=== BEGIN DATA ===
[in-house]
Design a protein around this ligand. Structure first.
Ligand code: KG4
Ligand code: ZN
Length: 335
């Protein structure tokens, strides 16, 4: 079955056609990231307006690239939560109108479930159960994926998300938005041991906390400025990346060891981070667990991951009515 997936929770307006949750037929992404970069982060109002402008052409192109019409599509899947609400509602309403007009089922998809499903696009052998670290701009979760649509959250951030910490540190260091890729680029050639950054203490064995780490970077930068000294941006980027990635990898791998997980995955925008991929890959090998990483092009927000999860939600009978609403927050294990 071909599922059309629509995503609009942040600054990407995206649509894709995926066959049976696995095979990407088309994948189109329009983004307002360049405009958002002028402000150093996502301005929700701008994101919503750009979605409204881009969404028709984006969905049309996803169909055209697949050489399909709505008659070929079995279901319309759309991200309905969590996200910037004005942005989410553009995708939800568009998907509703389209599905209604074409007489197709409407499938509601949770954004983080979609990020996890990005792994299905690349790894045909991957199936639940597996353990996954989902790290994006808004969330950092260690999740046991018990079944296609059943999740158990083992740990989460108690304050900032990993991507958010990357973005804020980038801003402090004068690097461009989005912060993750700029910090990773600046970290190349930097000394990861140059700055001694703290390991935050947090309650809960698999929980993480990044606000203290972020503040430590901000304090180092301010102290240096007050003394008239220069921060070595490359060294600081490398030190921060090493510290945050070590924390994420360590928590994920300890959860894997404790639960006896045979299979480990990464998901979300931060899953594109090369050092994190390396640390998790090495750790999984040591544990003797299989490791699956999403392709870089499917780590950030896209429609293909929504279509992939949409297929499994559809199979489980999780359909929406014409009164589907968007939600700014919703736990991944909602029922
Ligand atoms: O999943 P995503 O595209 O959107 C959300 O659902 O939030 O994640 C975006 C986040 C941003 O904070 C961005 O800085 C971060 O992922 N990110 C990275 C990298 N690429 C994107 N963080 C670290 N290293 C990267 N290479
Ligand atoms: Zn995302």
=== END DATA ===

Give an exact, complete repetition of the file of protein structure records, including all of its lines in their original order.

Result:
[in-house]
Design a protein around this ligand. Structure first.
Ligand code: KG4
Ligand code: ZN
Length: 335
């Protein structure tokens, strides 16, 4: 079955056609990231307006690239939560109108479930159960994926998300938005041991906390400025990346060891981070667990991951009515 997936929770307006949750037929992404970069982060109002402008052409192109019409599509899947609400509602309403007009089922998809499903696009052998670290701009979760649509959250951030910490540190260091890729680029050639950054203490064995780490970077930068000294941006980027990635990898791998997980995955925008991929890959090998990483092009927000999860939600009978609403927050294990 071909599922059309629509995503609009942040600054990407995206649509894709995926066959049976696995095979990407088309994948189109329009983004307002360049405009958002002028402000150093996502301005929700701008994101919503750009979605409204881009969404028709984006969905049309996803169909055209697949050489399909709505008659070929079995279901319309759309991200309905969590996200910037004005942005989410553009995708939800568009998907509703389209599905209604074409007489197709409407499938509601949770954004983080979609990020996890990005792994299905690349790894045909991957199936639940597996353990996954989902790290994006808004969330950092260690999740046991018990079944296609059943999740158990083992740990989460108690304050900032990993991507958010990357973005804020980038801003402090004068690097461009989005912060993750700029910090990773600046970290190349930097000394990861140059700055001694703290390991935050947090309650809960698999929980993480990044606000203290972020503040430590901000304090180092301010102290240096007050003394008239220069921060070595490359060294600081490398030190921060090493510290945050070590924390994420360590928590994920300890959860894997404790639960006896045979299979480990990464998901979300931060899953594109090369050092994190390396640390998790090495750790999984040591544990003797299989490791699956999403392709870089499917780590950030896209429609293909929504279509992939949409297929499994559809199979489980999780359909929406014409009164589907968007939600700014919703736990991944909602029922
Ligand atoms: O999943 P995503 O595209 O959107 C959300 O659902 O939030 O994640 C975006 C986040 C941003 O904070 C961005 O800085 C971060 O992922 N990110 C990275 C990298 N690429 C994107 N963080 C670290 N290293 C990267 N290479
Ligand atoms: Zn995302």